Candy Apples don’t have to be only for a certain season, only at the fair or only the colour red. In fact, they don’t even have to be apples! Have you ever thought about Candy Pears? Candy Grapples or Asian Pears?
Come along and I’ll share the recipe I used to make some pretty Candy Apples & Pears!
1/2 cup corn syrup (use light corn syrup if you want the dye colour to be more vibrant)
2 cups white sugar
3/4 cups water
Food colouring as desired (optional)
This recipe will coat 6-8 apples or pears depending on the size of the fruit. I found smaller pieces of unblemished fruit worked best. I chose tart Granny Smith apples and firmer Bartlett pears.
Wash the fruit well, remove any stems, stickers and clean off any waxy residue. I used a mild dish detergent to clean mine and rinsed well. Dry the fruit thoroughly.
Grease a cookie sheet with thin layer of butter or cooking spray and set aside. This is where you will put the fruit once they have been coated in candy. The butter / cooking spray will ensure they won’t stick to the pan.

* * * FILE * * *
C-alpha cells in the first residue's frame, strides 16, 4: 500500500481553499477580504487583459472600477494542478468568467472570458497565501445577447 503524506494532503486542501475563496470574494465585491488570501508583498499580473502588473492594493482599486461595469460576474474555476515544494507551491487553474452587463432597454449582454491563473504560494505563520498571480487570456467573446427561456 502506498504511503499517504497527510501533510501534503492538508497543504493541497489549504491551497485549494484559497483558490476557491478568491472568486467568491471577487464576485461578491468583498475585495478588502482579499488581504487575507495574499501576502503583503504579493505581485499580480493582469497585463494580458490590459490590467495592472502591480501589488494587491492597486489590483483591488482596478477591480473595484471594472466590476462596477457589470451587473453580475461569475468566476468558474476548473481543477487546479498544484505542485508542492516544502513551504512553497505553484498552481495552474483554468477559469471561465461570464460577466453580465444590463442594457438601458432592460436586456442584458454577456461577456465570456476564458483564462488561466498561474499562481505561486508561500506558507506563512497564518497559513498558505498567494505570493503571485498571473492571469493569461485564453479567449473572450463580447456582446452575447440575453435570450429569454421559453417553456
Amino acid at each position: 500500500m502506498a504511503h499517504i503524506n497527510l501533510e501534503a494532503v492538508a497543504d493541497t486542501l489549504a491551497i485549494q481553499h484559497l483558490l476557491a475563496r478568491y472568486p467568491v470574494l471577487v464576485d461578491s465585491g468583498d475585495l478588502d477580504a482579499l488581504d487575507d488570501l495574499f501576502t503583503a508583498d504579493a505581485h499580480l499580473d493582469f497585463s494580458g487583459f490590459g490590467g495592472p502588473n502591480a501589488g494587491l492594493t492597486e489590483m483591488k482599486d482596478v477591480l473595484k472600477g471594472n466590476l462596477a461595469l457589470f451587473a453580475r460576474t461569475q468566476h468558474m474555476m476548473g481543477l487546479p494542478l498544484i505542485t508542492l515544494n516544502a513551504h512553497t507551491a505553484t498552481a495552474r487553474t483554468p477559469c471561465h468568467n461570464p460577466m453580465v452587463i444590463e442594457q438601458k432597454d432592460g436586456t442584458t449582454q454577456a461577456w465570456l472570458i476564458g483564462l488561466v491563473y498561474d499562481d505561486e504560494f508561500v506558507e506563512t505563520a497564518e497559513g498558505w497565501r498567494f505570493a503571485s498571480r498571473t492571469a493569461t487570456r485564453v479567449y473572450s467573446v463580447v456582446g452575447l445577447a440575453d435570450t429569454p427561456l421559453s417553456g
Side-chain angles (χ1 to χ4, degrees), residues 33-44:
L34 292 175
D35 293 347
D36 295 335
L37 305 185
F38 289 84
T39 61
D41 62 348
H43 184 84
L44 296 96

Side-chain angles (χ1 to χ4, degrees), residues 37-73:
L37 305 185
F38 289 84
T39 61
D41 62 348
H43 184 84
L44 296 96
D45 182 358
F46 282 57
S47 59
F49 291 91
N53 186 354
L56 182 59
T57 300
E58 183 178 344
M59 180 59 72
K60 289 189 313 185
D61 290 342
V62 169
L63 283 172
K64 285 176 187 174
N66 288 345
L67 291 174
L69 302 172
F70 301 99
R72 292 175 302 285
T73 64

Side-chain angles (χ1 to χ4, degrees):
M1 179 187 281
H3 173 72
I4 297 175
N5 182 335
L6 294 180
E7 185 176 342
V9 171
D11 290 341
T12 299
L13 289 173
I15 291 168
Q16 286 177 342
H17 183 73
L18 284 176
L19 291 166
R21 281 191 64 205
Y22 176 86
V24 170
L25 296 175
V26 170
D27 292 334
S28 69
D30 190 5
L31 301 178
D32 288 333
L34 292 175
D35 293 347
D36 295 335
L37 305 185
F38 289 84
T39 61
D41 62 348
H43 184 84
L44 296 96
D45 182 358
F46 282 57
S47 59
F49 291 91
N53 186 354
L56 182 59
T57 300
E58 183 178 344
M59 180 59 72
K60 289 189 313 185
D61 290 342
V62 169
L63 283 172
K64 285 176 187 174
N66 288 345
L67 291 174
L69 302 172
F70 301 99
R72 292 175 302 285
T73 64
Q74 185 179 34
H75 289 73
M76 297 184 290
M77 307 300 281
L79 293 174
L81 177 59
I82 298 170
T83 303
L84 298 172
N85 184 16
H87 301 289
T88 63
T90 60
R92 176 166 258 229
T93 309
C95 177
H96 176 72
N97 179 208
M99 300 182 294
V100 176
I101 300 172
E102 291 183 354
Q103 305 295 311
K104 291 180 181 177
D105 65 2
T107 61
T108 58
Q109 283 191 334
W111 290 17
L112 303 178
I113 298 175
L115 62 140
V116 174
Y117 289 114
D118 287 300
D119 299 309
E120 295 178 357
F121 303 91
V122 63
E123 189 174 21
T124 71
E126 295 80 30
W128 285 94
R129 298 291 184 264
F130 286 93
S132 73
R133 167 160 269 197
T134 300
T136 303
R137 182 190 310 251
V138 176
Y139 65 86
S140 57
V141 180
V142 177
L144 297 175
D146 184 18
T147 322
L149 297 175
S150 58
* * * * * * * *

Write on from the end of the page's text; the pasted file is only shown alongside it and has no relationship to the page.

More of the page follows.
Insert wooden skewers or popsicle sticks into the centre of the apples or pears.
In a medium saucepan, mix all ingredients together and cook over medium-high heat, stirring until the sugar has dissolved. Bring to a boil. Don’t stir the sugar mixture once it begins to boil. You can use a damp (warm water) basting brush or pastry brush to brush around the sides of the pot to avoid it crystallizing. Simmer the mixture until it reaches 290F on a candy thermometer, remove from heat and either dip fruit or spoon mixture over the fruit until fully coated. Let excess drip off before setting on the greased cookie sheet to cool completely. Repeat for remaining fruit. Work quickly as the mixture will harden fast.
If you don’t have a candy thermometer, you can use the cold water method which is explained here. That is the method I use and it works great!
As soon as the candy coating on the apples or pears has cooled and hardened you can dig in!
Nom, nom, nom, nom, nom….. These beauties are best eaten within three days.